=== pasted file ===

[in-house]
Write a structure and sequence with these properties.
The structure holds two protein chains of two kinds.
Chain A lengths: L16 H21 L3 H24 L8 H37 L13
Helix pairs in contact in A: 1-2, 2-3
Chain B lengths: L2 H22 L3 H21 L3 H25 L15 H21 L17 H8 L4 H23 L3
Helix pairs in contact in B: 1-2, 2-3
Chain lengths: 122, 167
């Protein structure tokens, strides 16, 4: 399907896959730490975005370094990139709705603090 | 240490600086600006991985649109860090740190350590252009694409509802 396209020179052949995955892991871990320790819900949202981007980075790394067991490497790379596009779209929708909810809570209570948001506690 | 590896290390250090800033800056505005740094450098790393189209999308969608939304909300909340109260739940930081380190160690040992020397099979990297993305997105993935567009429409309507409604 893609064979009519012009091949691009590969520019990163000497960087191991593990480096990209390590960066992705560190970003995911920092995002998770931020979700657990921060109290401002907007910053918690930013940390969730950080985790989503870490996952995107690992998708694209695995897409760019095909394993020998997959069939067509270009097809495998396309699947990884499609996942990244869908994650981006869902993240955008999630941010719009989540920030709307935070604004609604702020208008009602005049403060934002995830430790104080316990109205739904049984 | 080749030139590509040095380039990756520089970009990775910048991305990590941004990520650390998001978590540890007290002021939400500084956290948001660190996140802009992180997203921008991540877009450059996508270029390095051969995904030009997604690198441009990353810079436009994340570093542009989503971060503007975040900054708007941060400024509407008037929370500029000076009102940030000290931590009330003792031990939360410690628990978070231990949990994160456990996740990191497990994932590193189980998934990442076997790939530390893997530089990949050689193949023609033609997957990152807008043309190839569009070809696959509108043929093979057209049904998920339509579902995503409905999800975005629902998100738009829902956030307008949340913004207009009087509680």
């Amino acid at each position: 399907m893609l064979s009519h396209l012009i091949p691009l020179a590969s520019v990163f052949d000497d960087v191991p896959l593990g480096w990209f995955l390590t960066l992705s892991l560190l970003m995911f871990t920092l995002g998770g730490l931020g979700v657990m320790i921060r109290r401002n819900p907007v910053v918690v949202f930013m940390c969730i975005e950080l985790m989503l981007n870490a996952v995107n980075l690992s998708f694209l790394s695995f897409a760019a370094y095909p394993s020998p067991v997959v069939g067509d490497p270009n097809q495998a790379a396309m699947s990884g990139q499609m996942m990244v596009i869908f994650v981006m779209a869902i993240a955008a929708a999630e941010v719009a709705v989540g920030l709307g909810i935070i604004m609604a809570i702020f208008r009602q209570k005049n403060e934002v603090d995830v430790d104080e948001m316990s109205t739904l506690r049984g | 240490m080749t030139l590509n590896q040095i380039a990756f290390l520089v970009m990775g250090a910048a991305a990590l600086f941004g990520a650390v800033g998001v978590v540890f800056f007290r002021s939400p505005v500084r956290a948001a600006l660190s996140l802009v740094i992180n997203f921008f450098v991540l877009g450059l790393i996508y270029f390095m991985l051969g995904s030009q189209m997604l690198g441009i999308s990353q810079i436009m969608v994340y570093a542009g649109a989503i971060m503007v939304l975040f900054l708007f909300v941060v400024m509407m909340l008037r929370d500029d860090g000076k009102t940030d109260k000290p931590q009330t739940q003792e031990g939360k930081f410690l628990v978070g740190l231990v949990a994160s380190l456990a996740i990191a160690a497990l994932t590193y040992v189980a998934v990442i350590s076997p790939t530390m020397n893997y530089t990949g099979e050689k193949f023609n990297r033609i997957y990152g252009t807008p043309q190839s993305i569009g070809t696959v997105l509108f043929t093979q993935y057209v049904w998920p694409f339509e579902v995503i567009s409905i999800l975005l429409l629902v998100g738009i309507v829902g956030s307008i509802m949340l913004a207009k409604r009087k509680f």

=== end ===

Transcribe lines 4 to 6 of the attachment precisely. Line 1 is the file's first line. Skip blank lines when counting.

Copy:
Chain A lengths: L16 H21 L3 H24 L8 H37 L13
Helix pairs in contact in A: 1-2, 2-3
Chain B lengths: L2 H22 L3 H21 L3 H25 L15 H21 L17 H8 L4 H23 L3